the true story of a dog named Hachikō. Much like Seymour in Futurama, Hachikō waited
for his deceased owner at a train station for almost 10 years, until he eventually passed away.
The episode The Prisoner of Benda revolves around a machine called The Mind-Switcher.
Essentially a device where 2 people can switch minds with one another and thus take control
of the other persons body. Now here the thing. One of the writers, Ken Keeler, happens to
have a PhD in applied mathematics. So he decided to create a real-life mathematical theorem
for this fictional mind switching technology. The theorem basically proves that regardless
of how many mind switches between two bodies have been made, they can still all be restored
using only two extra people, provided these two people have not had any mind switches
beforehand. In short, it's complicated. The point is that it's the first time a theorem
has been created for the sole purpose of entertainment in a TV show. It's simply called The Futurama Theorem.
In the episode The Why of Fry it's revealed that Nibbler was responsible for Fry falling
into the cryogenic chamber. This plot point, along with Nibbler himself, was actually planned
from the very beginning because in the first episode, this shadow can be seen briefly as
Fry falls into the chamber. The shadow is of course that of Nibbler, which means it
took 64 episodes before the meaning of this shadow was revealed. I wan't to say foreshadowing.
The character Cubert was first introduced in the episode A Clone of My Own. As the title
suggest, he is the clone of Professor Farnsworth. But the character is far more interesting
then what meets the eye. While Futurama is in many ways a very consistent show, it's
also in many ways not. They constantly break the laws of physics and really every law in
the universe. And because it's an animated show, trouble with consistency are more or less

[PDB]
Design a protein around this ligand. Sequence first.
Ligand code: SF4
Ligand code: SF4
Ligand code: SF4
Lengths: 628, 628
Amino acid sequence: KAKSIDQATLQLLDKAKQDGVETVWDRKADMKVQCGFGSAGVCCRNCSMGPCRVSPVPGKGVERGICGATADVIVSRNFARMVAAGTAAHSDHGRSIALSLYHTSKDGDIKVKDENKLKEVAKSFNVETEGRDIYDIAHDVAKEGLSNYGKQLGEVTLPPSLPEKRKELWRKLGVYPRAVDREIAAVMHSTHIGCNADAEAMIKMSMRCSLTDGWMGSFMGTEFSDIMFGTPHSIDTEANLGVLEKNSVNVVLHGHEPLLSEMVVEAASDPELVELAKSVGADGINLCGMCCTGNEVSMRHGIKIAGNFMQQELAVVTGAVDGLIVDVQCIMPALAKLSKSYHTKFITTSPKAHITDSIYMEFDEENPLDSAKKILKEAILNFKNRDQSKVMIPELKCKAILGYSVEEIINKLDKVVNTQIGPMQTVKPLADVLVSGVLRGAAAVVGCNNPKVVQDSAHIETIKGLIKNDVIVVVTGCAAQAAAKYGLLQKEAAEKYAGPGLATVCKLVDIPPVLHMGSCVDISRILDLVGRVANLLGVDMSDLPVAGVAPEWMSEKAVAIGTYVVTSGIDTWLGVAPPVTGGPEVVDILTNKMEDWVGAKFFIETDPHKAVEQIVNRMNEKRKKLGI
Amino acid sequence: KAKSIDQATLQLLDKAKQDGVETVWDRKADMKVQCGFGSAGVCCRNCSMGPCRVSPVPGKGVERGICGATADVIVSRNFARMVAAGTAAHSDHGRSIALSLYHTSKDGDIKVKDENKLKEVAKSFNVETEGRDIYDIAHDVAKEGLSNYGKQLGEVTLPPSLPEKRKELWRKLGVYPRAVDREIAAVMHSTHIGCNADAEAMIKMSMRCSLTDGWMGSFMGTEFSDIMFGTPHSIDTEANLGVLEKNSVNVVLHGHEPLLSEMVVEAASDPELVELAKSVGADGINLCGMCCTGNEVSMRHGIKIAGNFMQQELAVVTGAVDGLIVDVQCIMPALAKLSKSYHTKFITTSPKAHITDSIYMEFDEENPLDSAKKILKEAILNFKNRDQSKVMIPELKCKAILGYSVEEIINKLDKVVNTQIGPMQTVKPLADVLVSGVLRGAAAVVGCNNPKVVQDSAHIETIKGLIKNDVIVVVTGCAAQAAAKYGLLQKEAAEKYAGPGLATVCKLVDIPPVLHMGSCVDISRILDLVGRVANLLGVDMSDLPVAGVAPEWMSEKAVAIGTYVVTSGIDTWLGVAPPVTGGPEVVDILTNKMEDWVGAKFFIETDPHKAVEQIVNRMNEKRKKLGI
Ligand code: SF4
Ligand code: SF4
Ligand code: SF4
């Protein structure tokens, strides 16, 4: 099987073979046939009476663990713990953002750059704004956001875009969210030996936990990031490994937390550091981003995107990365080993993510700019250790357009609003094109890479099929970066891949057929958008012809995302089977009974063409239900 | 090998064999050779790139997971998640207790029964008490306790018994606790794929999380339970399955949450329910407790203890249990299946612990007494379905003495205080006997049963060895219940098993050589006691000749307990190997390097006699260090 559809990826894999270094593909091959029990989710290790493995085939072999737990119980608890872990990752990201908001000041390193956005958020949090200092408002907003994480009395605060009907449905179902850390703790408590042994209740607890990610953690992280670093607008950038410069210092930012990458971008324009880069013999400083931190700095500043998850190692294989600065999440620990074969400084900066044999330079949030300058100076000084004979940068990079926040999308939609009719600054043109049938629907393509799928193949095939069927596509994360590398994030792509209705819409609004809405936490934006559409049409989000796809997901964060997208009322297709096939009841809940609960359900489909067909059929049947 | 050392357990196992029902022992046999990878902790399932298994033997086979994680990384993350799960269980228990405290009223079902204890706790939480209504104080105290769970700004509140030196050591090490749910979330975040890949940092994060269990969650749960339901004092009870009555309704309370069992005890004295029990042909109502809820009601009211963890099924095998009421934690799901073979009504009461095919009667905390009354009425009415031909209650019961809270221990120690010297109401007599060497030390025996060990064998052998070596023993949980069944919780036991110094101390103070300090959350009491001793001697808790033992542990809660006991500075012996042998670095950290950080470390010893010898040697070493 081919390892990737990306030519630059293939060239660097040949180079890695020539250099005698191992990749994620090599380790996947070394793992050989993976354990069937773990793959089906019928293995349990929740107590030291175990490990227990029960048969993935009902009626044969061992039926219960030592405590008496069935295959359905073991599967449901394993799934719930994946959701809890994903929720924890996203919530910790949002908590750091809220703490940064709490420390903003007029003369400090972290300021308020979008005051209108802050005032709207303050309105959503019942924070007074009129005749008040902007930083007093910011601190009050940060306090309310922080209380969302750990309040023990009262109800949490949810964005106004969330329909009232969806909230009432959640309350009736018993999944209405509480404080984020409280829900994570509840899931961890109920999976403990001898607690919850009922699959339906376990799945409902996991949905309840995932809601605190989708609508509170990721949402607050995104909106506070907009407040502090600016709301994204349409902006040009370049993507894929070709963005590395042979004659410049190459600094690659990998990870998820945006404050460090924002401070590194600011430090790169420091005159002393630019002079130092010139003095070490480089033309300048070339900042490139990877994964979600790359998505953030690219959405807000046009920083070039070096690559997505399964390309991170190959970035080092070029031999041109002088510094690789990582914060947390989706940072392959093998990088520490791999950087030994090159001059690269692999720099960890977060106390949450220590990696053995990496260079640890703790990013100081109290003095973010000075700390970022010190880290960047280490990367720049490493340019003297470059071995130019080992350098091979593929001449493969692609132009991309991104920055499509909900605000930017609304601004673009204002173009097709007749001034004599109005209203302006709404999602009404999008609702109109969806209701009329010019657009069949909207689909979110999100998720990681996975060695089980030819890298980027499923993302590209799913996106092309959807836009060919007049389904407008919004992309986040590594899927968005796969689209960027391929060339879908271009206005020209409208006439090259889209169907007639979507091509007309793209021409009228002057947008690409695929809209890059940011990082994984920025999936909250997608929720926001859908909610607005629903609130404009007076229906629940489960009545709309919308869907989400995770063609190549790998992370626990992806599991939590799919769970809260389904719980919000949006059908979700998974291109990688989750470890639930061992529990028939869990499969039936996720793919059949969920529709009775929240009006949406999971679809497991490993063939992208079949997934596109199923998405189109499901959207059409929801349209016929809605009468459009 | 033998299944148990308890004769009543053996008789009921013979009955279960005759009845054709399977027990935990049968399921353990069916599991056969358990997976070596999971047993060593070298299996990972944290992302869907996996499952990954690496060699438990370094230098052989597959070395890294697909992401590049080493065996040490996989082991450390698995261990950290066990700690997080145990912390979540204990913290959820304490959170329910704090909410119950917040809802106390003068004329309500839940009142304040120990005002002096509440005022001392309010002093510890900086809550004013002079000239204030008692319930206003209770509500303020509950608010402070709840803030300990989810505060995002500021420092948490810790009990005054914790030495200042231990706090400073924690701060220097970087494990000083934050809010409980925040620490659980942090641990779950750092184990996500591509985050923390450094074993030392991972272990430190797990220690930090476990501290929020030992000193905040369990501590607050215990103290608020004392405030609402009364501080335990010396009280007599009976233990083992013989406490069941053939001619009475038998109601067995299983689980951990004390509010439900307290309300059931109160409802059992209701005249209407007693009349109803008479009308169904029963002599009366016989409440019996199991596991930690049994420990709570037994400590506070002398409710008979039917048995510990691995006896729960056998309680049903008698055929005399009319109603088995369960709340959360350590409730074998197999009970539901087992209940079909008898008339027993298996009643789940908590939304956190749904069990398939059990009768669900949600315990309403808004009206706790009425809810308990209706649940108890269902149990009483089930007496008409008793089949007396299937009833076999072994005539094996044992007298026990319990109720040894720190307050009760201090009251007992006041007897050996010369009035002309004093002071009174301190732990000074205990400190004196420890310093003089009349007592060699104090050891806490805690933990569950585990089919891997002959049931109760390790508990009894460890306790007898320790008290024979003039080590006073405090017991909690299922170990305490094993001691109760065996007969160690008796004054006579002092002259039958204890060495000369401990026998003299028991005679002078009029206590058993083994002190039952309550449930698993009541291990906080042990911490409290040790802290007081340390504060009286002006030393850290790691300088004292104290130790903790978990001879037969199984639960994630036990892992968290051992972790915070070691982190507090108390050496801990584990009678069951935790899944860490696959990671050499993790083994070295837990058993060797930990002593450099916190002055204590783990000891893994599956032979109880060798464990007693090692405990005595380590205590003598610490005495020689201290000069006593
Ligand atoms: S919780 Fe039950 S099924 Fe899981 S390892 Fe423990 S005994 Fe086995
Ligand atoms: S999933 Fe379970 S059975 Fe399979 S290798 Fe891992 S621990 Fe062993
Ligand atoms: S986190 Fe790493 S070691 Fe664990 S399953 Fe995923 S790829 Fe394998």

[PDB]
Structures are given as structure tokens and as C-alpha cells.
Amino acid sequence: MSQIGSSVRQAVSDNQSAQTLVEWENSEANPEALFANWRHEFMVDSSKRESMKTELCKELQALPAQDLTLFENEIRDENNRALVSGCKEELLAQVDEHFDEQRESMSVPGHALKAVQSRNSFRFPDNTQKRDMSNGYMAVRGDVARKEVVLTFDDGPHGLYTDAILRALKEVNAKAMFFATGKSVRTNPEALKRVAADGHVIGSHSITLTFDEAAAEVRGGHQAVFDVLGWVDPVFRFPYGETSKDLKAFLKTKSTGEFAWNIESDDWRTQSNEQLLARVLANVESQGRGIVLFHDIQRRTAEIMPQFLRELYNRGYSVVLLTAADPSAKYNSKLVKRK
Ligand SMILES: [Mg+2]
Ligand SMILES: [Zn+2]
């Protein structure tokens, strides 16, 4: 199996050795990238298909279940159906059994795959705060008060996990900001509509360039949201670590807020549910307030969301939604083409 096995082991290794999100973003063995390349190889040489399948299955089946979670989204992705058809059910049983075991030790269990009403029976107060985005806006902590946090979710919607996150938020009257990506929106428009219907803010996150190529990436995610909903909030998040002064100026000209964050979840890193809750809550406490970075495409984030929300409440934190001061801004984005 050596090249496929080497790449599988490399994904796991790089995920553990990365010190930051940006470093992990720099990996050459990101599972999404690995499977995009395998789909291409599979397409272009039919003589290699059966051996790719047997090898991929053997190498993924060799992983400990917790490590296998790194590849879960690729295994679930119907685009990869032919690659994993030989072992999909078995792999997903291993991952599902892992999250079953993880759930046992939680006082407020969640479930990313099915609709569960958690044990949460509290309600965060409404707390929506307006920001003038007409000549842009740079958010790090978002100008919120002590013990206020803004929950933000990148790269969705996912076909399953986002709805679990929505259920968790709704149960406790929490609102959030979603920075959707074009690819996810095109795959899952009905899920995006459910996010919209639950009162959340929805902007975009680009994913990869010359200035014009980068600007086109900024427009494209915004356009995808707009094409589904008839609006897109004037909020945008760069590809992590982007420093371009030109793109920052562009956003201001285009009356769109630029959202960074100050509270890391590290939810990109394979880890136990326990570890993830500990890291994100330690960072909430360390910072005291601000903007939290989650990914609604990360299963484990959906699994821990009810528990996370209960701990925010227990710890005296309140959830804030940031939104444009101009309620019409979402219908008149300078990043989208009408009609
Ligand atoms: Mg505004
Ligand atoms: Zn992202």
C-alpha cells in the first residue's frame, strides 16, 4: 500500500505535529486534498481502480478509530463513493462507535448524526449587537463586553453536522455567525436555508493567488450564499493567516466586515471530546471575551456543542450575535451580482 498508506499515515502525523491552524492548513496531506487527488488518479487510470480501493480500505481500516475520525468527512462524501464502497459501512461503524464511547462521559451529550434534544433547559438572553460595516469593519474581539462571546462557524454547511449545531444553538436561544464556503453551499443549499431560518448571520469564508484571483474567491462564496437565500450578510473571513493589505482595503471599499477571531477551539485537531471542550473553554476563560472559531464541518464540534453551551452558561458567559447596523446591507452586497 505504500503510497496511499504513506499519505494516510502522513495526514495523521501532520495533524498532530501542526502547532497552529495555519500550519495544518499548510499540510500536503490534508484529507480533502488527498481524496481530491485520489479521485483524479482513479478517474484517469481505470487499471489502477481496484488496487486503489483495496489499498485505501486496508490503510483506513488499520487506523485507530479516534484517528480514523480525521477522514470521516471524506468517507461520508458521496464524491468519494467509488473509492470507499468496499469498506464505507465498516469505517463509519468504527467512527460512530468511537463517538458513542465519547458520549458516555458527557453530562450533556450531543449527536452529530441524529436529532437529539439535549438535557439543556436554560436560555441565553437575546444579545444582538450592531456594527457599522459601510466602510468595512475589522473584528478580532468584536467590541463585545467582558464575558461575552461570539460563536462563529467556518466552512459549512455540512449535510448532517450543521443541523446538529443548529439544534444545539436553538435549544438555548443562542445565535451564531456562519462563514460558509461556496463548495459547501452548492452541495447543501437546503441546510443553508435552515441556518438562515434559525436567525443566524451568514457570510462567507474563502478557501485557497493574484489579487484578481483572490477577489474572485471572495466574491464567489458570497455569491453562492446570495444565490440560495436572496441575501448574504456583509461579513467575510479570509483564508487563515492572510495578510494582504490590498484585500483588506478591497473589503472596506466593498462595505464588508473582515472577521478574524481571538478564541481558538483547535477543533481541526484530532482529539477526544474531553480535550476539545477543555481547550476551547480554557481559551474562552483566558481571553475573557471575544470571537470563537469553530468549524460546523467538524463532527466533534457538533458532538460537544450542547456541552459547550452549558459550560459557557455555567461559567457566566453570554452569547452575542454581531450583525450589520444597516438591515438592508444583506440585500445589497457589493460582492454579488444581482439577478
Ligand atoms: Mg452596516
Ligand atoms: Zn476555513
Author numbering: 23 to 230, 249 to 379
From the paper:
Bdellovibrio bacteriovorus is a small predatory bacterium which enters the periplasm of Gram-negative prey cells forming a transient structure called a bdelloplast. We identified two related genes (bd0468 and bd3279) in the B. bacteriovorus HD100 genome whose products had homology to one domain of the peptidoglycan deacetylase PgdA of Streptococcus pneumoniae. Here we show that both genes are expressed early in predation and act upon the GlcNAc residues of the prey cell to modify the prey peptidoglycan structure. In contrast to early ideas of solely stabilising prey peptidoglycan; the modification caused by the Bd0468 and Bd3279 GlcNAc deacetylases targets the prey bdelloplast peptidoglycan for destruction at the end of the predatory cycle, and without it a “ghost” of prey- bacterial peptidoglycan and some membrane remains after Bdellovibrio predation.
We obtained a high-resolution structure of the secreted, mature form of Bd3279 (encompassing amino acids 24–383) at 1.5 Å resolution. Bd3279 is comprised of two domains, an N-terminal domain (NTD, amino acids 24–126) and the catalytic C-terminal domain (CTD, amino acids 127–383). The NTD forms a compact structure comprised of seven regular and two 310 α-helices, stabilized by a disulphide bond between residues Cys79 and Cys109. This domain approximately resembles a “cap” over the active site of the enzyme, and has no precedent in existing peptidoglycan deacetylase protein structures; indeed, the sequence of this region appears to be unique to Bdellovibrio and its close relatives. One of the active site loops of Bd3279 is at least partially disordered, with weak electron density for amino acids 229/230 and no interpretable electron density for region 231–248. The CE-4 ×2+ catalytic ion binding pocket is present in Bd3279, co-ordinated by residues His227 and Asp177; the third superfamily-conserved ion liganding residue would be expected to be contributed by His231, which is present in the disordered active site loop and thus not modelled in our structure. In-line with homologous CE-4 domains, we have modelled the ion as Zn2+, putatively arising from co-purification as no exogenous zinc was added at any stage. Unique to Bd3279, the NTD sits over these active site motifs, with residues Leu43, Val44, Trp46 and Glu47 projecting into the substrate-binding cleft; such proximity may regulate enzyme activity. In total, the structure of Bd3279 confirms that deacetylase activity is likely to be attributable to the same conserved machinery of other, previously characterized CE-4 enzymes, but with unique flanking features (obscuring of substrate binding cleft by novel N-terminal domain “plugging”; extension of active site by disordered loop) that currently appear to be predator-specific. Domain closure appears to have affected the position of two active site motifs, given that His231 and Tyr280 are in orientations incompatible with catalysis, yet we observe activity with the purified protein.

impossible to avoid. Seriously, it's a fucking knot! But if you're like me and probably like
90% of Futurama's audience, who the fuck cares right? Well, the other 10% of course do care.
And this is where Cubert comes in. The character was always planned to be included from the very beginning,
but they never fleshed out his personality until his introduction in the middle of season 2.
They decided to give him this aggravating personality who criticizes everything and
everyone, as a sort of payback and reflection of this annoying and specific group of fans.
When the writers created Hypnotoad, I doubt they though it would become such a fan favorite
and even spreading across the internet to eventually become a meme. In the Futurama
world, he is responsible for the most popular television series of that time simply titled
Everybody Loves Hypnotoad. Of course, this is only because he hypnotizes everyone who
starts watching. And while the show serves as a show within a show, there's actually
an entire real-life episode almost exclusively featuring Hypnotoad for 22 minutes. It's called
Everybody Loves Hypnotoad: Amazon Adventure and was included as a special on the DVD release
of Bender's Big Score.
I mean seriously though, it's such a stu-